China's yuan firms on dollar, also up against regional currencies

SHANGHAI, Nov 6 (Reuters) - China's yuan inched up against the U.S. dollar by midday on Monday, underpinned by corporate dollar sales, while its value on a trade-weighted basis has risen to its best level since July 2016. The dollar was steady in morning trade, holding near a three-month high versus a basket of currencies, after the latest batch of U.S. data backed expectations for the Federal Reserve to raise interest rates as soon as in December. The yuan strengthened around 0.21 percent against the greenback last week, but on a trade-weighted basis it edged up about 0.34 percent against a basket of currencies of trading partners in the same period, according to official data from the China Foreign Exchange Trade System (CFETS). The index, published on a weekly basis, stood at 95.34 on Friday. "We believe the CFETS RMB Index will likely remain elevated for now as the yuan will outperform other regional currencies prior to Trump's Asia travel," said Gao Qi, a currency strategist at Scotiabank in Singapore. He suggested the yuan was expected to be range bound but with a strengthening bias before U.S. President Donald Trump's visit to China this week. Prior to market opening on Monday, the People's Bank of China lowered its midpoint rate to 6.6247 per dollar, the first weakening in five trading days, 175 pips or 0.26 percent softer than the previous fix of 6.6072 on Friday. In the spot market, the onshore yuan opened at 6.6410 per dollar and was changing hands at 6.6350 at midday, 25 pips firmer than the previous late session close on Friday. Traders said the market was relatively balanced on Monday morning, with slightly heavier corporate dollar selling lifting the spot yuan rate higher. Some analysts said the yuan would likely face some renewed downward pressure soon, weighed by strength in the U.S. unit. CIB Research said in a note on Monday morning that the progress in U.S. tax reforms and economic data would provide strong momentum for the greenback in the short term. Separately, the Governor of the People's Bank of China Zhou Xiaochuan emphasised financial risk controls in an article published over the weekend. He said the market should play a "decisive role" in allocating financial resources, but also stressed the importance of stronger regulation and Communist Party leadership in guiding financial reform. The PBOC chief's strategy to prevent a future financial crisis was seen by market watchers as likely to keep the pressure on borrowers to reduce financial leverage. The Thomson Reuters/HKEX Global CNH index, which tracks the offshore yuan against a basket of currencies on a daily basis, stood at 96.06, weaker than the previous day's 96.08. The global dollar index fell to 94.929 from the previous close of 94.941. The offshore yuan was trading 3 pips firmer than the onshore spot at 6.6347 per dollar. Offshore one-year non-deliverable forwards contracts (NDFs), considered the best available proxy for forward-looking market expectations of the yuan's value, traded at 6.7905, 2.44 percent weaker than the midpoint. One-year NDFs are settled against the midpoint, not the spot rate.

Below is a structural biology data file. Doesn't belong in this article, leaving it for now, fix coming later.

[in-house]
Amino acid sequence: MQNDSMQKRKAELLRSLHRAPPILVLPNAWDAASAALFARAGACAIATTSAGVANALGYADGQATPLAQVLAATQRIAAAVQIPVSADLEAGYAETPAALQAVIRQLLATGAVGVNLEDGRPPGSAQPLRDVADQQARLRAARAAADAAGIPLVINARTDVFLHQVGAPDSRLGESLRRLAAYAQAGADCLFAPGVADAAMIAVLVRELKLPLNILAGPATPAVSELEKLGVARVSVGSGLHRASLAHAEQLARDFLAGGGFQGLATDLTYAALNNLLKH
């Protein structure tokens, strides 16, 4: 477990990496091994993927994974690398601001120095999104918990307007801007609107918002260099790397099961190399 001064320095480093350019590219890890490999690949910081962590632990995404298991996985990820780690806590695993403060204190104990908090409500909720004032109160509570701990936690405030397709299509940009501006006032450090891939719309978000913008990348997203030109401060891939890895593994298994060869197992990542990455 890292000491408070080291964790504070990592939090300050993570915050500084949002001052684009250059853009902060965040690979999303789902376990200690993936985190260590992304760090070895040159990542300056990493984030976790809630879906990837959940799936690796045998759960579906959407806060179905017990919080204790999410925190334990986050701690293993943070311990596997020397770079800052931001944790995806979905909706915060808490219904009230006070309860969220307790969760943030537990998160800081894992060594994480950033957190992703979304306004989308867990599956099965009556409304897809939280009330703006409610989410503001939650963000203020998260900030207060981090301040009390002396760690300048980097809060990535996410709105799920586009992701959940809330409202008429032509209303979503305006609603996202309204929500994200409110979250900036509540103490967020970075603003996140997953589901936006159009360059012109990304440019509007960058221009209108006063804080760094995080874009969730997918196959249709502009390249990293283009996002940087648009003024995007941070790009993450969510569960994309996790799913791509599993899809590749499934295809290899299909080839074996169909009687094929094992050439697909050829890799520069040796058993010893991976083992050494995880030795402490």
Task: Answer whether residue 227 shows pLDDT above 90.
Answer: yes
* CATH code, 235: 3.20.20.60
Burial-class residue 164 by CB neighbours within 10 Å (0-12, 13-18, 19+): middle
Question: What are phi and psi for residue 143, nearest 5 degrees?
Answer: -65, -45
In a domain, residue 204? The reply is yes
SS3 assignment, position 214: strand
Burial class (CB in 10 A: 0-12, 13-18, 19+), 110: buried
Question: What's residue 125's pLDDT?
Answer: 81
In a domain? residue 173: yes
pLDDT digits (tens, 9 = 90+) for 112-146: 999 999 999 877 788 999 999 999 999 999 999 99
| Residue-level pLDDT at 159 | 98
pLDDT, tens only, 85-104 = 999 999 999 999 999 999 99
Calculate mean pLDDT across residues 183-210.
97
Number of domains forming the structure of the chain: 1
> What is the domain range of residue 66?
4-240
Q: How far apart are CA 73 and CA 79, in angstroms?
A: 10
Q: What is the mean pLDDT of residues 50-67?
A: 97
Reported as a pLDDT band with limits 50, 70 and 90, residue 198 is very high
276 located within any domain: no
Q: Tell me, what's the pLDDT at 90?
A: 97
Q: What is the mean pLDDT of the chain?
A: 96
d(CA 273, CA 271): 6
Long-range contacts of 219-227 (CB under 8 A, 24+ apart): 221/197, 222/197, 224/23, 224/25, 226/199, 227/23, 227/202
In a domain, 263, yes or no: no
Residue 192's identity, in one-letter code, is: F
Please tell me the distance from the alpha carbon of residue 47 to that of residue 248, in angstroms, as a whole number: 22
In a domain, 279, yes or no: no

The yuan market at 0420 GMT:


Item Current Previous Change PBOC midpoint 6.6247 6.6072 -0.26% Spot yuan 6.635 6.6375 0.04% Divergence from 0.16%


Spot change YTD 4.70% Spot change since 2005 24.74%


Key indexes:

Item Current Previous Change Thomson 96.06 96.08 0.0

Reuters/HKEX CNH index

Dollar index 94.929 94.941 0.0

*Divergence of the dollar/yuan exchange rate. Negative number indicates that spot yuan is trading stronger than the midpoint. The People's Bank of China (PBOC) allows the exchange rate to rise or fall 2 percent from official midpoint rate it sets each morning.


Instrument Current Difference

from onshore

Offshore spot yuan 6.6347 0.00% * Offshore 6.7905 -2.44%

non-deliverable forwards


*Premium for offshore spot over onshore

**Figure reflects difference from PBOC's official midpoint, since non-deliverable forwards are settled against the midpoint. .

(Reporting by Winni Zhou and John Ruwitch; Editing by Jacqueline Wong)